Dubai: All types of food in the UAE, including staples such as bread and rice, will be taxed from January 1, 2018, the Federal Tax Authority (FTA) told Gulf News on Wednesday morning.
The public has long-expected certain food staples to be zero-rated, or exempt, from the 5 per cent tax increase.
Zero-rated refers to the preferential status the government gives some essential goods and services, meaning their sale is not taxed.
Director-General of the FTA, Khalid Al Bustani, told Gulf News at a media event on Wednesday: “The law in the GCC agreement said that any food items would be under the sovereign right of the government to include it [as a zero-rated item]. The law that has been issued did not include it.”
The list Al Bustani referred to was issued at the end of August, and included goods and services such as public transport, commercial airlines, investment-grade precious metals, the supply of crude and natural gas, and education and health care.
Many of these goods aren’t taxed because they provide beneficial services to society, whilst others avoid tax simply because they are too complicated, such as financial services.
When Gulf News asked Al Bustani if food would be zero-rated, he responded: “No.”
Initially, an official from the FTA said, there was a list that was agreed on between the GCC member states, with each country choosing whether to zero-rate each item or not.
When asked if the UAE had chosen not to zero-rate food, they responded: “It is not on our list of zero-rated items.”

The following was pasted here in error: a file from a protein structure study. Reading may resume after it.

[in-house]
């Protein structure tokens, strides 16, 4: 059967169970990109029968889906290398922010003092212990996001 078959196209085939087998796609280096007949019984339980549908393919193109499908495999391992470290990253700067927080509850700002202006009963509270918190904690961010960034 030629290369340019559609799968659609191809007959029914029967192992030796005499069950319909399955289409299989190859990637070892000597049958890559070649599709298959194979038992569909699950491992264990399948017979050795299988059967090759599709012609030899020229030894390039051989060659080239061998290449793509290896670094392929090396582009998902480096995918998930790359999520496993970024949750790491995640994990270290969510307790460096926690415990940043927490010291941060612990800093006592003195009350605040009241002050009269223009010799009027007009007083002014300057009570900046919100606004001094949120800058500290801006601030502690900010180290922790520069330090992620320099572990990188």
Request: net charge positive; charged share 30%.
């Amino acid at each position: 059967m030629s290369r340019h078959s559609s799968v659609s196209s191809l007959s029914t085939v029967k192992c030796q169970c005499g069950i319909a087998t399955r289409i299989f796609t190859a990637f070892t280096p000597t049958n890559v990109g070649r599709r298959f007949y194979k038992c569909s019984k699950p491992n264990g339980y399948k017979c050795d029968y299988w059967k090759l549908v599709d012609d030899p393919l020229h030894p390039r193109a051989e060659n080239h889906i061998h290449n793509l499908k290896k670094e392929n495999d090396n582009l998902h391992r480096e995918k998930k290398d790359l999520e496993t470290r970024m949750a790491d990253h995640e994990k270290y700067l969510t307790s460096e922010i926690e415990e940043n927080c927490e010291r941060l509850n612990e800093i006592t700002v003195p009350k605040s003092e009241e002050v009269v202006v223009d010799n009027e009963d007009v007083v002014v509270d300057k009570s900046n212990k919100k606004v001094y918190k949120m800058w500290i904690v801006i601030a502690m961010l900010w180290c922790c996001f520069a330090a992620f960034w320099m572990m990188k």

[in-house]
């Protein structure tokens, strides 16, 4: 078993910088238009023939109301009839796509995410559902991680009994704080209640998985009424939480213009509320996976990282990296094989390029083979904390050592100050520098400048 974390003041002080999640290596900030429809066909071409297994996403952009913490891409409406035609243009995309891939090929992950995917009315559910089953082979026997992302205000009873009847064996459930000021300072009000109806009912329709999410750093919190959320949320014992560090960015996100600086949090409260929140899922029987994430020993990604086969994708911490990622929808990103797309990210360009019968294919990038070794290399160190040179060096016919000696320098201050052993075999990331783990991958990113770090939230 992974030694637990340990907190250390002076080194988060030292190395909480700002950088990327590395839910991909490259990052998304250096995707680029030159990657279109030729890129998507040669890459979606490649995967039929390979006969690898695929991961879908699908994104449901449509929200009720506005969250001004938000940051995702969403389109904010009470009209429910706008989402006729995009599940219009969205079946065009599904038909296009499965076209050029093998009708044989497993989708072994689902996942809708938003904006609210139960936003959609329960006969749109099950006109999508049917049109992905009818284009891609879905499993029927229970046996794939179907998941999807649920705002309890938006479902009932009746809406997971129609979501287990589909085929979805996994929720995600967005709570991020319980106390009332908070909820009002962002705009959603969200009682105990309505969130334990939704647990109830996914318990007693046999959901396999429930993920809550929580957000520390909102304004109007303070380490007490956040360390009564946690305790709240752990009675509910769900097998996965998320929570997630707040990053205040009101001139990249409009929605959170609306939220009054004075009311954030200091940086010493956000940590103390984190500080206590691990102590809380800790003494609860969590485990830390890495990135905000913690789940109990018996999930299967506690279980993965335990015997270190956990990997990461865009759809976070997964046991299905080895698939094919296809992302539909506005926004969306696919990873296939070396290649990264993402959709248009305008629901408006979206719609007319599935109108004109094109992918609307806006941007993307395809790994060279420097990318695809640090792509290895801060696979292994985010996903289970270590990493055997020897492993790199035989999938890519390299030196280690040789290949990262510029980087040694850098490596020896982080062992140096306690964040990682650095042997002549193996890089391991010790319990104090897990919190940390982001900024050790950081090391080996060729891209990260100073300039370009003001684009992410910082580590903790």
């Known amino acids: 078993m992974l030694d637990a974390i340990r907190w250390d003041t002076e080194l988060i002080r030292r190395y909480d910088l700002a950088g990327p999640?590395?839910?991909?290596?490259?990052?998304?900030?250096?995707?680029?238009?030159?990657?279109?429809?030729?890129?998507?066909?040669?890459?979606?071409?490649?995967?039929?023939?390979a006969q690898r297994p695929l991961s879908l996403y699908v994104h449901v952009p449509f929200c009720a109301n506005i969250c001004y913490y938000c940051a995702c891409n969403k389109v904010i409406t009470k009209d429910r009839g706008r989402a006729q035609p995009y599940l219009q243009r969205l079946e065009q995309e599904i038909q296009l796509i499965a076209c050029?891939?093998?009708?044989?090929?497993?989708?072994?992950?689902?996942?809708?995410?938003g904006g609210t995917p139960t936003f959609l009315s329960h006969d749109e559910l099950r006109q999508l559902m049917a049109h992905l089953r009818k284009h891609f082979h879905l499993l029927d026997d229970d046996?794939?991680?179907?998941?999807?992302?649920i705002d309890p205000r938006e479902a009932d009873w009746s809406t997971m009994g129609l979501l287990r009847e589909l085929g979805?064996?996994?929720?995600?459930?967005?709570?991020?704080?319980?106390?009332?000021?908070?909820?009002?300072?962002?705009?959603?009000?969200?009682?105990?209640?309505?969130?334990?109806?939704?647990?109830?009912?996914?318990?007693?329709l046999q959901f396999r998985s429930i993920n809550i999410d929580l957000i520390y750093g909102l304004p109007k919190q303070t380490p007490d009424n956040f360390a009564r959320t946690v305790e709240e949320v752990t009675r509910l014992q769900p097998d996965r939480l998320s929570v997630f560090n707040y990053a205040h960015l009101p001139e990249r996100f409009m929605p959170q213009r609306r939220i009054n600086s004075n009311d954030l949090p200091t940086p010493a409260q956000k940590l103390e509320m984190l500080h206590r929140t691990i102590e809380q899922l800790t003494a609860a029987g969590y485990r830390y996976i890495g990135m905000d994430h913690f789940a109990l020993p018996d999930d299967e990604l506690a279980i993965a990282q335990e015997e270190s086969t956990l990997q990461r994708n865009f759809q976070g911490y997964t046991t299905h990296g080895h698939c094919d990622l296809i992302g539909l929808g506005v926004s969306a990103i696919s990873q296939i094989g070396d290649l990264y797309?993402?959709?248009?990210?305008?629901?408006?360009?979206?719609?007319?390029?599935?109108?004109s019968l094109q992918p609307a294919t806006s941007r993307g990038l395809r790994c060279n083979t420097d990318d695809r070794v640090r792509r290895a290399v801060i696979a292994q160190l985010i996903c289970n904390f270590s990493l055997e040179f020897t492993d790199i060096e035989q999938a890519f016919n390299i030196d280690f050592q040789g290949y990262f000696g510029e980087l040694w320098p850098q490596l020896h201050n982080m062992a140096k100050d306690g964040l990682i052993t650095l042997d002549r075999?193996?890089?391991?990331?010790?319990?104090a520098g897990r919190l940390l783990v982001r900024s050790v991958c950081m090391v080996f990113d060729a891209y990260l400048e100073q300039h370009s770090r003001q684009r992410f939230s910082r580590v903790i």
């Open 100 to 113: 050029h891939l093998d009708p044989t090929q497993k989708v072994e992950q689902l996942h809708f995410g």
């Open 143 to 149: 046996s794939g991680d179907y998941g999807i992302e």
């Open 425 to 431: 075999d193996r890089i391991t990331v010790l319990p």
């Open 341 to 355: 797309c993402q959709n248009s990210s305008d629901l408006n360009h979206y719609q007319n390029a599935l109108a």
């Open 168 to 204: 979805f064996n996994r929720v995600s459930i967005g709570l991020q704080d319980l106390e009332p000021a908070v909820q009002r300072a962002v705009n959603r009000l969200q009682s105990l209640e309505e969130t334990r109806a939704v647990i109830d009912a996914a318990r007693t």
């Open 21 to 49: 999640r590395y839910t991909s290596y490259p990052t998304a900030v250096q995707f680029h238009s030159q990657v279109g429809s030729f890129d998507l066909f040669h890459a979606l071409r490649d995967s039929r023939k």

The official declined to be named as they were not authorised to talk to the press.
In 2015, the Gulf states announced that from 2018, they would introduce a 5 per cent tax on goods and services, commonly known as value added tax, or VAT, in order to bolster state revenues and continue along the path of rapid development and modernisation.
According to UAE government estimates in September, the taxes are forecast to generate around Dh7 billion in annual revenues for the Federal Budget.
In 2015, about 100 food items were initially announced by the Ministry of Finance to be zero-rated, leading to confusion among the public when this later changed.
At the time, Younis Al Khouri, undersecretary of the UAE’s Ministry of Finance, told Gulf News in an interview: “We have agreed to exempt some of the food [products] — approximately 94 items.”
Around a year and a half later, however, this does not appear to be the case any longer.